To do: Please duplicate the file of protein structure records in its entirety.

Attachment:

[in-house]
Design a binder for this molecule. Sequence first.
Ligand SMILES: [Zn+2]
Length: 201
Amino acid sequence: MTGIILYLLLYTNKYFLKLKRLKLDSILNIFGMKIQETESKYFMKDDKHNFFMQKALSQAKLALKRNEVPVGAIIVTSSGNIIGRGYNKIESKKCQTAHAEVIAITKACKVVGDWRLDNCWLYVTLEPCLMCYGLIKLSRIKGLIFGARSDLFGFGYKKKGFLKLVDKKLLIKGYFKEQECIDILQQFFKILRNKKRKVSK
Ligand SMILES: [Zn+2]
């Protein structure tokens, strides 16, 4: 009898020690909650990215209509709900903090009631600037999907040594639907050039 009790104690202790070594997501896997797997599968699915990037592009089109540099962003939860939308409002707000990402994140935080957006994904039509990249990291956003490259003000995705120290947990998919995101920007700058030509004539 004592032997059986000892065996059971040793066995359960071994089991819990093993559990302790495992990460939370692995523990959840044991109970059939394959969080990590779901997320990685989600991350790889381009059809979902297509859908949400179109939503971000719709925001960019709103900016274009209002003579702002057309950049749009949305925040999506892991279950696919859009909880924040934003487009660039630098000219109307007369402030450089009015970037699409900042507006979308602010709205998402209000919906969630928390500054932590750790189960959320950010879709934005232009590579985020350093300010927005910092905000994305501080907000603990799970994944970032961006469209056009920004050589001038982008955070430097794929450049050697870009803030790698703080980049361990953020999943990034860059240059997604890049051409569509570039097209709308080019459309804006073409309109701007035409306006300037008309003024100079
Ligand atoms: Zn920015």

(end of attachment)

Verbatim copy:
[in-house]
Design a binder for this molecule. Sequence first.
Ligand SMILES: [Zn+2]
Length: 201
Amino acid sequence: MTGIILYLLLYTNKYFLKLKRLKLDSILNIFGMKIQETESKYFMKDDKHNFFMQKALSQAKLALKRNEVPVGAIIVTSSGNIIGRGYNKIESKKCQTAHAEVIAITKACKVVGDWRLDNCWLYVTLEPCLMCYGLIKLSRIKGLIFGARSDLFGFGYKKKGFLKLVDKKLLIKGYFKEQECIDILQQFFKILRNKKRKVSK
Ligand SMILES: [Zn+2]
């Protein structure tokens, strides 16, 4: 009898020690909650990215209509709900903090009631600037999907040594639907050039 009790104690202790070594997501896997797997599968699915990037592009089109540099962003939860939308409002707000990402994140935080957006994904039509990249990291956003490259003000995705120290947990998919995101920007700058030509004539 004592032997059986000892065996059971040793066995359960071994089991819990093993559990302790495992990460939370692995523990959840044991109970059939394959969080990590779901997320990685989600991350790889381009059809979902297509859908949400179109939503971000719709925001960019709103900016274009209002003579702002057309950049749009949305925040999506892991279950696919859009909880924040934003487009660039630098000219109307007369402030450089009015970037699409900042507006979308602010709205998402209000919906969630928390500054932590750790189960959320950010879709934005232009590579985020350093300010927005910092905000994305501080907000603990799970994944970032961006469209056009920004050589001038982008955070430097794929450049050697870009803030790698703080980049361990953020999943990034860059240059997604890049051409569509570039097209709308080019459309804006073409309109701007035409306006300037008309003024100079
Ligand atoms: Zn920015």